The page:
“The surgery itself didn’t take any more than about ten or fifteen minutes. It really is a very easy procedure to go through, and once I was done, I went right home. Almost immediately, I noticed a dramatic change. The vision in my left eye was shockingly better.”

Rick was so impressed with the outcome of his first surgery that he decided to have the surgery done on his right eye as well. The second procedure was completed less than a year after the first.

“The primary idea behind this surgery was to help me see better at a distance,” Rick explains. “This way, my eyes can work together, so I’ll be able to see both near and far. The results have been amazing.”

Measure Twice

Dr. Hall’s initial examination of patients such as Barbara and Rick always includes a test to determine whether they are suffering from macular degeneration, a retinal disease that can also cause blurred vision, particularly in people over 50. Patients are also tested for glaucoma.

“Initially, we perform a routine eye exam during which we check the strength of the eyes and their general anatomy,” notes Dr. Hall. “We then dilate the pupils to examine the backs of the eyes, the retinas and optic nerves.

“If the patient’s eyes are healthy and they decide to go ahead with the cataract surgery, we have them come back for a topography test, which examines the shape of the cornea, or the front part of the eye.

“These test results look similar to the maps you see in National Geographic that are color-coded to mark hills and valleys. During the topography test, we measure astigmatism, which is when the cornea is not perfectly round.”

Another test performed prior to cataract surgery is the OCT retinal scan. The OCT scan checks for any problems that may be hidden under the surface of the retina and are unable to be seen under normal light. The OCT scan exposes conditions such as swelling and scar tissue, which if serious, can interfere with the success of some premium IOLs.

“We obtain the measurements for calculating the lens implant prescriptions two ways,” explains Dr. Hall. “One is with light energy, and the name of the instrument we use is the IOLMaster®. The IOLMaster measures the length of the eye from front to back, from the cornea to the retina.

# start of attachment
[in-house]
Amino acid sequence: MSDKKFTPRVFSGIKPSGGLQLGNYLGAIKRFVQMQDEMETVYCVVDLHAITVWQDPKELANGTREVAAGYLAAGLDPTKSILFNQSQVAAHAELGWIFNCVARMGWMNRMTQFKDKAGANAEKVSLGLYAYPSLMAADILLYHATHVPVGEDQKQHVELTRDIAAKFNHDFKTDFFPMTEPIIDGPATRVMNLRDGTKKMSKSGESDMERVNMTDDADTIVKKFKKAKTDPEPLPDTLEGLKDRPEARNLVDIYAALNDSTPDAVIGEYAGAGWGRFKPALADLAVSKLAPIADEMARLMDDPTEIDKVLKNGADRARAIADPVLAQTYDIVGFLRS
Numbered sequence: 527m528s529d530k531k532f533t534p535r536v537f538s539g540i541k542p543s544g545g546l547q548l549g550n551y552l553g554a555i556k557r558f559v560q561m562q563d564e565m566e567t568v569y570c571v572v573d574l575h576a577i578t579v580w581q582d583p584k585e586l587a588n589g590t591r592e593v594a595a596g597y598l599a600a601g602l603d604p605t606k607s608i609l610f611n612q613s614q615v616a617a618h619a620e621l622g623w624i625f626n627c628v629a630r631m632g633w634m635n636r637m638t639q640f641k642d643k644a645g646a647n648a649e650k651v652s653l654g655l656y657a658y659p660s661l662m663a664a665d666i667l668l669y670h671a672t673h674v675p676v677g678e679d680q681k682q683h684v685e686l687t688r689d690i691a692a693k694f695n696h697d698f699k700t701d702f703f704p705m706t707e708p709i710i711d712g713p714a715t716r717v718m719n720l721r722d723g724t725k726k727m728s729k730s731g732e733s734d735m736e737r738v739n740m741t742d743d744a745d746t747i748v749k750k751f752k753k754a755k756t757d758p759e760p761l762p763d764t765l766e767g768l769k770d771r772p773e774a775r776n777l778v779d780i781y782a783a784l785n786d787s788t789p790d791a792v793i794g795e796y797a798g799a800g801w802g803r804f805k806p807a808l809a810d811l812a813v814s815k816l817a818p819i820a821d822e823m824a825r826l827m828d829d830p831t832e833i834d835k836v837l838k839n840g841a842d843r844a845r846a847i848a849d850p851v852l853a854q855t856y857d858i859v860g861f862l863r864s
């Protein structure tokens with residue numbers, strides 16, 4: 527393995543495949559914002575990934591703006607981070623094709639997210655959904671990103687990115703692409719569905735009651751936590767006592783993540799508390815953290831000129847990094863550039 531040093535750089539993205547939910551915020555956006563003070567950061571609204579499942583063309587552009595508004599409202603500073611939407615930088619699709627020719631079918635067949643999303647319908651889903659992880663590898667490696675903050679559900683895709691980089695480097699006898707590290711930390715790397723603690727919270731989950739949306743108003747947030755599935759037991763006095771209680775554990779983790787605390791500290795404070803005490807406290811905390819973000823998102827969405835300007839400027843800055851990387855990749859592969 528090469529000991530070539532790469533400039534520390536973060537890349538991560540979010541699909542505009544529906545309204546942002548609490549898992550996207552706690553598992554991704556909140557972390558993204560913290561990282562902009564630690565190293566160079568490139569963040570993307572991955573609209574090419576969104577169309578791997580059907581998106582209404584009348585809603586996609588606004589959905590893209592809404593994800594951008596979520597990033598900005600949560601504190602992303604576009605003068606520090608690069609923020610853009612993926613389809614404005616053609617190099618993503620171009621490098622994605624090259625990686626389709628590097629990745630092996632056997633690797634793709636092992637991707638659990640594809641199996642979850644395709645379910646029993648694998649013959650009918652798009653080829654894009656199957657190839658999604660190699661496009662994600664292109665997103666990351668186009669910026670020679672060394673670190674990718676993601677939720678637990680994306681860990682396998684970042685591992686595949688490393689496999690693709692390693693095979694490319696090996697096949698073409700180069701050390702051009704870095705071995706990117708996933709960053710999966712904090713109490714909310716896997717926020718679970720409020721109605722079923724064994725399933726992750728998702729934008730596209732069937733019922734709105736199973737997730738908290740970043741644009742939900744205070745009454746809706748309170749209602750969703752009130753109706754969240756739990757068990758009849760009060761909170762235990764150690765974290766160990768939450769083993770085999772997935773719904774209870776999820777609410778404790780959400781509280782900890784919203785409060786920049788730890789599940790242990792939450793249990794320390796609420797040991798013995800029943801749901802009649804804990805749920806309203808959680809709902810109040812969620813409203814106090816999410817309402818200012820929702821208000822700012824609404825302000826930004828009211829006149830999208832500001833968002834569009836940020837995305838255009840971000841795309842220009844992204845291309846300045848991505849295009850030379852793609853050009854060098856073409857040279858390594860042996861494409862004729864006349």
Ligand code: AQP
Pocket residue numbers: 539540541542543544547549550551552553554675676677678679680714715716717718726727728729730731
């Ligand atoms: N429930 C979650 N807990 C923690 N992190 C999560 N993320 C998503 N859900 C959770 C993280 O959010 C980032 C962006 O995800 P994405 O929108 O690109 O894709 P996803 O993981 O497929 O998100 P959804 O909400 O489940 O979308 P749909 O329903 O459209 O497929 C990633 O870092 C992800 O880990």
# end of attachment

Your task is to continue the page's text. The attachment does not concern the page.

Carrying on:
“We also measure the length of the eye a second way, using ultrasound. The measurements from the IOLMaster and ultrasound tests are fed into a computer program. That takes the curvature of the cornea, which was measured with the topography test, and the length of the eye and tells us which lens implant would work best for an eye that shape and size.”

Seeing Is Believing

Much like Barbara, Rick is thrilled with the results of his cataract surgeries. He says he was initially overwhelmed by the improvement in his vision.

“After my second cataract surgery, I had the same kind of revelation I did seeing that scoreboard at the baseball game,” he states. “I’d forgotten what really clear vision can be, and now, there it is. The surgery gave me back vision I haven’t had since my youth.

“Now, I see well both up close and at a distance with my two eyes working together. That’s a very welcome change. And I’m fine when I drive at night. I see very clearly. I do wear glasses for reading, but I’m not sure I even need them.

“I know people say this all the time, but I really wish I had this done sooner because the difference is remarkable. And I owe it all to Dr. Hall and the amazing staff at Pasadena Eye Center.

“Dr. Hall is truly terrific. He’s very personable, and he’s an expert at the same time, which is of course what everybody wants their doctors to be. He and his staff are a fantastic group of professionals.”

Barbara learned that about 35 years ago when she and her husband first started seeing Dr. Hall.

“We really couldn’t ask for more professional and skilled people,” she exudes. “The whole staff is trained in all aspects of eye care, so they have a good backup system and they all know what they’re doing and how to do it.

“You go in knowing you’re going to get the best care possible and come out feeling confident and assured that everything went just as you hoped. That’s why I highly recommend Dr. Hall and Pasadena Eye Center.

“I can’t imagine there’s a better place to go for eye care.”

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    • Pasadena Eye Center

      The doctors and staff of Pasadena Eye Center are dedicated to providing you with the highest quality eye care, and they offer the latest advancements in ophthalmology.... Read More

    • David E. Hall, MD

      David E. Hall, MD, is a board-certified ophthalmologist. He graduated from the University of Mississippi and received his medical degree from the University of Tennessee College of Medicine. He completed his internship at Erlanger Hospital and... Read More

    • Nathan R. Emery, MD

      Nathan R. Emery, MD, is a board-certified ophthalmologist. He completed his undergraduate studies at Brigham Young University, Provo, UT, before serving a two-year mission in England. Upon his return to the United States, he completed his medi... Read More

    • Dennis C. Ryczek, OD

      Dennis C. Ryczek, OD, is a Florida-certified optometrist. He attended St. Petersburg Junior College and the University of South Florida. He graduated summa cum laude with a doctorate in optometry from the University of Houston, TX, and c... Read More